A Few Thoughts on Being a Parent (page 3)
Let’s face it friends. Being a parent and having the responsibility of raising kids is no easy job.
Just think for a moment: First there are the babies. They wail, shout and cry and unquestionably let you know when they are unhappy little campers. And it’s the parent’s job to figure out what ails the little tyke. What in blue blazes does this wailing, raging infant for whom I am responsible for its health, safety, and well being want?? Do you want to be fed? Or changed? Or held? Or put down? Sleep? Burp????? Don’t you wish that they could tell you what is wrong?
Well! Wait until they are two or three years old and they do start telling you what is wrong and what they want. And three year olds know what they want and how to get it!!! The word “NO!” from the mouth of a determined three-year-old has stopped many a grown adult in his/her tracks.
A few years later when things start settling down a bit for the parent, the child trots off to school, and after a day or two of traumatic separation, the situation changes. The school age child seems to be more concerned about what their schoolmates think and do than they are influenced by the wishes and concerns of their “old” parents.
And by the time they get to the teens they are flying off at the speed of light doing their own things and thinking their own thoughts—and woe to the adult person/parent who gets in the way and tries to stop the raging torrents of hormones and independently minded teenage wills.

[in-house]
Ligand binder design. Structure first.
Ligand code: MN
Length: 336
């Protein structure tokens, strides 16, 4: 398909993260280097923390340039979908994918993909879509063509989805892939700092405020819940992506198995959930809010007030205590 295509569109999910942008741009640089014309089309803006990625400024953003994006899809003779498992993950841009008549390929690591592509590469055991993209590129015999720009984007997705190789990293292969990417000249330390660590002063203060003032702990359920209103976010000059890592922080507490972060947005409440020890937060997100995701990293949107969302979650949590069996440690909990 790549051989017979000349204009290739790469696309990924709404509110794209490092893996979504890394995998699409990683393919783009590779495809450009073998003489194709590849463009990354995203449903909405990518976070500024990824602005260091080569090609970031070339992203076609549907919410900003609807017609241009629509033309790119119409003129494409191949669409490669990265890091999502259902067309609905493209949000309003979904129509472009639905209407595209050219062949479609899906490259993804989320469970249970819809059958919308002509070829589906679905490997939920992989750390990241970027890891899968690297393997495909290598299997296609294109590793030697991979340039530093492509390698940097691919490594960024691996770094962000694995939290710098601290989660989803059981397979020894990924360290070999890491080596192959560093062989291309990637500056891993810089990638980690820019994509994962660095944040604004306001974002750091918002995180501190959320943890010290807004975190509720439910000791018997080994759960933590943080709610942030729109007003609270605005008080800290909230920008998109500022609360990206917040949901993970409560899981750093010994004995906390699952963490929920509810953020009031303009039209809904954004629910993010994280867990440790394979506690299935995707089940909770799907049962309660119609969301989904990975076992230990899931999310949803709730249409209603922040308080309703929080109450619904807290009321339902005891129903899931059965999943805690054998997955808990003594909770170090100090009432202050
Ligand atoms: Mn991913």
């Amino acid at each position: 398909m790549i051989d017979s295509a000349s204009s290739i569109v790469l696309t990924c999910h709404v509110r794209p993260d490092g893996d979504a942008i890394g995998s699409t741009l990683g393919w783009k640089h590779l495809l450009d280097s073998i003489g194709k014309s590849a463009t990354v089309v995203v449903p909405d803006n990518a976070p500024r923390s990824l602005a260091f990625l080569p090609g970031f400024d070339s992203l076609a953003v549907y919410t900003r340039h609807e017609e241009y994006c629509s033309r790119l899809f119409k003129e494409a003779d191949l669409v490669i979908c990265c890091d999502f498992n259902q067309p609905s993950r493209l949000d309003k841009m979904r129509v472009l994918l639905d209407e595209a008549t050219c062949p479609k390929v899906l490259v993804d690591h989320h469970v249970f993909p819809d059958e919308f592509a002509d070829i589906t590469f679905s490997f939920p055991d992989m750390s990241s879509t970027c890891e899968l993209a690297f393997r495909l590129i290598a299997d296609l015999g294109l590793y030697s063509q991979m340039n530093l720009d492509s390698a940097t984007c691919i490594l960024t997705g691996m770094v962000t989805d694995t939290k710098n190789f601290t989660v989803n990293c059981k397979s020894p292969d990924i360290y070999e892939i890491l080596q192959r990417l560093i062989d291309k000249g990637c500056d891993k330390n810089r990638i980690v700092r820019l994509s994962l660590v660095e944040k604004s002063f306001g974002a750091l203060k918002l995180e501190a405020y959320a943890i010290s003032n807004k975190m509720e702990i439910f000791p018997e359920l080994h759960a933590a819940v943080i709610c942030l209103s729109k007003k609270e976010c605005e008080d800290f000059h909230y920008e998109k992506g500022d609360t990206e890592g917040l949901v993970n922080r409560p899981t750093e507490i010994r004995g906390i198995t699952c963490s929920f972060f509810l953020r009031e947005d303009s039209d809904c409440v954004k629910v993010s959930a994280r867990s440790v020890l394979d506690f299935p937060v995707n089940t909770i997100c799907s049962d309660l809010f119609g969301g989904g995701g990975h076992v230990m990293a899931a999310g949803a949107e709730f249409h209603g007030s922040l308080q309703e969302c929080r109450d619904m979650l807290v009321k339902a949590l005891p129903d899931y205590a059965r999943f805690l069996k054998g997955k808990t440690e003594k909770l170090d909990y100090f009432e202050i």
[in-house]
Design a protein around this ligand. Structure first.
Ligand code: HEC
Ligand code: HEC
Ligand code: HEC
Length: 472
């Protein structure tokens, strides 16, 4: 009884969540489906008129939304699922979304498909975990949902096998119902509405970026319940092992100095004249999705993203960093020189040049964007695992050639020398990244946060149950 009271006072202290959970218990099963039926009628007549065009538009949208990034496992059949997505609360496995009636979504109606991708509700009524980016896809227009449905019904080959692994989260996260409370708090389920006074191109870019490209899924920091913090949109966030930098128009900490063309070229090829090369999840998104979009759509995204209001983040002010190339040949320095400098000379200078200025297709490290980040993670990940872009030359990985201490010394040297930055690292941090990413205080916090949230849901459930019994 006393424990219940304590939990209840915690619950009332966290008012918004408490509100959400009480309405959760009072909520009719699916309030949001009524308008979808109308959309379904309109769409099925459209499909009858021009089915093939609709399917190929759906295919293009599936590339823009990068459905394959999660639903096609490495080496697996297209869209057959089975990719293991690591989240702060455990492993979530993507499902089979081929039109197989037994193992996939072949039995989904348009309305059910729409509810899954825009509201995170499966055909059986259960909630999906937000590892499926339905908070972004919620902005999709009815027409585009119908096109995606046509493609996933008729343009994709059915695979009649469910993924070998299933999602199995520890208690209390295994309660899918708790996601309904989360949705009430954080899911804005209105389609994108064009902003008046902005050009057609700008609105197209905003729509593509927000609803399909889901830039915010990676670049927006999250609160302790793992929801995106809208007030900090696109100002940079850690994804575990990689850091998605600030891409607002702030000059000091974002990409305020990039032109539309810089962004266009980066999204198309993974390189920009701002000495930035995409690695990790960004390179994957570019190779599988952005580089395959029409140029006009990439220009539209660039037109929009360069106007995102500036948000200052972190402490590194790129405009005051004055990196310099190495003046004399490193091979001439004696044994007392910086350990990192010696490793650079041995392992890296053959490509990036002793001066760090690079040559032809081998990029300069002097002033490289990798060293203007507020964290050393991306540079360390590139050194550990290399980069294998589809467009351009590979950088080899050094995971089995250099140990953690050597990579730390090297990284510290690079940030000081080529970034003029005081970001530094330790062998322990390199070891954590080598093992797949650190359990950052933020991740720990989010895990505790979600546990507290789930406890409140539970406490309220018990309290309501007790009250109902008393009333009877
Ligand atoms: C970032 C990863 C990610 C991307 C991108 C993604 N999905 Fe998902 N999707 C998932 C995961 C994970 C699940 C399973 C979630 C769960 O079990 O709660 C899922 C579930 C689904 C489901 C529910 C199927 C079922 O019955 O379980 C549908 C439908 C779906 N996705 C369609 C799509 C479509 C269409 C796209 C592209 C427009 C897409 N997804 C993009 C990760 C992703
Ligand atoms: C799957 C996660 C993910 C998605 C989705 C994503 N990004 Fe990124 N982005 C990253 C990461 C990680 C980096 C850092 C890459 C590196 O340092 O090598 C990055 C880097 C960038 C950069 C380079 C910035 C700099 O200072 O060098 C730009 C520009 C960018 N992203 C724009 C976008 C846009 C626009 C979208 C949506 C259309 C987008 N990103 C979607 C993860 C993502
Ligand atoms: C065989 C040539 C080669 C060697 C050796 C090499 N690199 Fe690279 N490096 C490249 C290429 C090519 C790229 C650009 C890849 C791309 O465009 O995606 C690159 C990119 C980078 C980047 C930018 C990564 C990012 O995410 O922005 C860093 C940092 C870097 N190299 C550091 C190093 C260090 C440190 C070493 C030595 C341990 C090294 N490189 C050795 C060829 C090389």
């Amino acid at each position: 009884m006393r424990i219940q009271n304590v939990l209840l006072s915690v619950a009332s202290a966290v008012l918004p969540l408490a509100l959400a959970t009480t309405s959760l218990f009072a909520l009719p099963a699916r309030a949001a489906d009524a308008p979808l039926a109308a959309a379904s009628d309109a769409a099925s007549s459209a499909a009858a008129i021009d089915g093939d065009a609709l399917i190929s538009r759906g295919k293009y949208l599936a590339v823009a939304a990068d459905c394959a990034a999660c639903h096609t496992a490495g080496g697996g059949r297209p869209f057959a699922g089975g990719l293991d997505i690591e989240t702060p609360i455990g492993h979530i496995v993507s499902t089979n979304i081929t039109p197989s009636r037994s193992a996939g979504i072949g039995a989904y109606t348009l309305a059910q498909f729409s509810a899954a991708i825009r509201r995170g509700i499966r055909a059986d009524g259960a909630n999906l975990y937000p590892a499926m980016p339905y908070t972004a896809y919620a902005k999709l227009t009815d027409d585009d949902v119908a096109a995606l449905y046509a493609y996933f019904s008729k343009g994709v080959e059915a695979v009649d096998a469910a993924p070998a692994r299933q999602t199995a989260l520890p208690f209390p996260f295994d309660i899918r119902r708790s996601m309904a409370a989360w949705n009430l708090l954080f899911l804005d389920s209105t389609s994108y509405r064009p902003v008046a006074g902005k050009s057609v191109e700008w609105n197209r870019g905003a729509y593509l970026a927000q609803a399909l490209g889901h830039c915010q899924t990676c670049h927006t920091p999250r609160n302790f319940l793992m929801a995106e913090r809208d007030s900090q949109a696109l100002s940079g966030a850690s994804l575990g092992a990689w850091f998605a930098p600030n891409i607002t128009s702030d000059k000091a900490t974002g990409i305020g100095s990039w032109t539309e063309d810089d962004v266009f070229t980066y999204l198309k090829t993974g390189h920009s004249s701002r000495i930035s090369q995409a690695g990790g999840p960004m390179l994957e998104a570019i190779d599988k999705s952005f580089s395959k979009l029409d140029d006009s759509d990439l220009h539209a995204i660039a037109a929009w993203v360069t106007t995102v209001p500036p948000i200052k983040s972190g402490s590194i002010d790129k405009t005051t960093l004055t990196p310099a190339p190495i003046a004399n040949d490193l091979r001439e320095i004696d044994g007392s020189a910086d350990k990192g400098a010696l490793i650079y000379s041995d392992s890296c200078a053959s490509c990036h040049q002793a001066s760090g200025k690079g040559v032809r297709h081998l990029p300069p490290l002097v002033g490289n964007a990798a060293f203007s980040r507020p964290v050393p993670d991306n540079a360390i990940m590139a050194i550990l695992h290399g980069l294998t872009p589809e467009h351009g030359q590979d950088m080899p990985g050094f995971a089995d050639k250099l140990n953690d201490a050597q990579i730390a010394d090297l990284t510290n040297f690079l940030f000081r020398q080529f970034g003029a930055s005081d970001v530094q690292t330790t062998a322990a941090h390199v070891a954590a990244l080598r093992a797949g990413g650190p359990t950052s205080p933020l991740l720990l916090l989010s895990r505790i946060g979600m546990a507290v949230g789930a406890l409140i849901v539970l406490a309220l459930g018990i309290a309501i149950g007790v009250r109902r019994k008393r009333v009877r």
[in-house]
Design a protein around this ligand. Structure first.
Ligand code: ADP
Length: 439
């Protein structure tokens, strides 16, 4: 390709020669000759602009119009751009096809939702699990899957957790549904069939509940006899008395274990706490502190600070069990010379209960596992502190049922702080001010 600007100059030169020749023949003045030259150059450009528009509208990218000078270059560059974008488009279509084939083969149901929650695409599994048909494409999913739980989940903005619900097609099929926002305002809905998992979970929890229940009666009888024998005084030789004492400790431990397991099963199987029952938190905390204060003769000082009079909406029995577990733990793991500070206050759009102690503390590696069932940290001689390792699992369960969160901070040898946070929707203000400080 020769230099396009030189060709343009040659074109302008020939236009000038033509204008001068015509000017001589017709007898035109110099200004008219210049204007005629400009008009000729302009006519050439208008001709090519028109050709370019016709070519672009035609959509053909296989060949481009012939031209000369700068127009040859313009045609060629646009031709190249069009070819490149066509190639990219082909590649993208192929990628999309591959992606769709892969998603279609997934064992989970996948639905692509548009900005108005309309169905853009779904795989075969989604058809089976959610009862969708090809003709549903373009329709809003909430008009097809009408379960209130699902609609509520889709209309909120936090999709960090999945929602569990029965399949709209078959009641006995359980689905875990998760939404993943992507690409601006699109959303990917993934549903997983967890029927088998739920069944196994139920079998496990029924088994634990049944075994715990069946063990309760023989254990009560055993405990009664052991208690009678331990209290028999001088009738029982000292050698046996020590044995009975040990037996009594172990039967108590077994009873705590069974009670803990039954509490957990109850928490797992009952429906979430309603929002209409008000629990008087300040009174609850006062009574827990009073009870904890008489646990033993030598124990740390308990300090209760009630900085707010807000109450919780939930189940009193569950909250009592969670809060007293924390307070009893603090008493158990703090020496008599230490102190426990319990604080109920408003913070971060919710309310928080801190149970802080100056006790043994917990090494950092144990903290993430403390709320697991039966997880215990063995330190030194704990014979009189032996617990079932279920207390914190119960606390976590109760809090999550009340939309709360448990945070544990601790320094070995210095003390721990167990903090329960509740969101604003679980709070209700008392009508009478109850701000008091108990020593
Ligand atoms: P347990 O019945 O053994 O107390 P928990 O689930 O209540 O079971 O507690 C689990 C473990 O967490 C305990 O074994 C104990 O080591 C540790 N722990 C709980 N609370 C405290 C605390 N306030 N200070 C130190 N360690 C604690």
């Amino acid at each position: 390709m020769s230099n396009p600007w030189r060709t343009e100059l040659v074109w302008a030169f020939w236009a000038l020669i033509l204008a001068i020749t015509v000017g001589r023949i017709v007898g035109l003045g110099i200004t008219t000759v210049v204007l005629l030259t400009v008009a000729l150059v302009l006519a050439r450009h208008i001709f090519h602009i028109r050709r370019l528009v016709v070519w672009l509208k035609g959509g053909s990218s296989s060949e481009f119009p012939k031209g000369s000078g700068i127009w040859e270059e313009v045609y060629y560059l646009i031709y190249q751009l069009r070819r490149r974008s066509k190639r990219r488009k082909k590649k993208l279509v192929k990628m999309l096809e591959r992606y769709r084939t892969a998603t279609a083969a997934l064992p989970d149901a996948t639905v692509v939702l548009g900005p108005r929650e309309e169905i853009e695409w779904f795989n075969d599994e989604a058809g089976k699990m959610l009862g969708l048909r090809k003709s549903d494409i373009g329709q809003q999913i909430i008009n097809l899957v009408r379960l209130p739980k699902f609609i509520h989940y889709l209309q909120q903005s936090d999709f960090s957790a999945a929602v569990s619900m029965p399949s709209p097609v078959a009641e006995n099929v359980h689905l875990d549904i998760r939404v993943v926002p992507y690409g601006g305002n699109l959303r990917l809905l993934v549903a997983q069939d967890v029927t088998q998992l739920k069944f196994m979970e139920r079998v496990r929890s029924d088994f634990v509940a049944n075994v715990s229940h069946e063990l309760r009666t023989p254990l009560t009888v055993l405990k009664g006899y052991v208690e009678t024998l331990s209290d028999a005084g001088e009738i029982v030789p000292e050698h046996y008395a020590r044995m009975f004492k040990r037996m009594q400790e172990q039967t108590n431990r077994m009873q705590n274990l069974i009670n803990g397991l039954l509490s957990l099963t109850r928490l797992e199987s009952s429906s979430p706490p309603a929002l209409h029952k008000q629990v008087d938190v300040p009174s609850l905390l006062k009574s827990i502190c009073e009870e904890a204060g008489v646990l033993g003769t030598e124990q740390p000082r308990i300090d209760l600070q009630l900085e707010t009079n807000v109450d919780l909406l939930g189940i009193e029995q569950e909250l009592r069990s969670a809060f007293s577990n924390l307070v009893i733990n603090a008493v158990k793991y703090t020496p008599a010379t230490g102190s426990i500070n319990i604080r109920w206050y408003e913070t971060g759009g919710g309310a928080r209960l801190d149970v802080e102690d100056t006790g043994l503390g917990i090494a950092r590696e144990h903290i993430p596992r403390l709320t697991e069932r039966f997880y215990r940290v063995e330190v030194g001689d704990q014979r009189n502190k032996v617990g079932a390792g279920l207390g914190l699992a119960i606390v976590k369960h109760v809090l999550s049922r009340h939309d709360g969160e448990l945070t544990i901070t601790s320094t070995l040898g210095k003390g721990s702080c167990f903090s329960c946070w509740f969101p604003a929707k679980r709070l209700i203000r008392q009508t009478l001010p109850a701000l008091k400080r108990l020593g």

Raising kids is no easy job. But I’ve learned a lot about being a parent in the last thirty-seven years. I did get some help from college professors, counselors, caseworkers, and consultants and by reading “how-to” books (I must admit that Dr. Spock was a great help in the early days).
My real teachers, however, were my three sons. Yes, my children taught me most of what I know about being a parent. I only wish that I would have known the lessons they were trying to teach me when they (and I) were younger. So, in the next page or so, I will share with you some of the important lessons I learned from my teacher/sons.
Lesson One: Punishment is Very Popular With Parents, But It Doesn't Work in the Long Run
How many of us have grounded the youth for six weeks “until he gets his grades up”? Did it work? Could you stand having a moping, whining, complaining youth confined in the same house where you live for forty-two days and fortytwo nights? Didn’t you make exceptions to the grounding….just to have some peace and quiet? And what about sending your daughter to her room until she “calms down” only to have walls to repair, mirrors to replace or have to take a quick trip to the Emergency Room to get stitches and an X-ray of her swollen knuckles? So did that punishment work? (By the way, I think that when most parents use the term “consequences” (like “If you don’t clean your room, there will be consequences.”) they really, really mean “punishments.” (“If you don’t clean your room, there will be punishments.”)
Punishments don’t work because kids usually find a way to “get even” with the person who imposes the chastisement. In physics there is a law that states: For every action there is an opposite and equal reaction. I think this law holds true when parents impose punishment. One way or another kids find a way to get back at parents’ punishment with an opposite and equal reaction.
So what does work? I mean parents can’t just let the kids run wild. There has to be some way to establish and encourage family norms and acceptable behavior so everyone can live in the same house together without open or guerrilla warfare.
My sons taught me the importance of family meetings. These family meetings were the forums where we openly addressed problems and together hammered out solutions. We tried to negotiate differences. And, although we never achieved perfection, things were a whole lot better when we all came together and everyone tried to find a solution that would work out.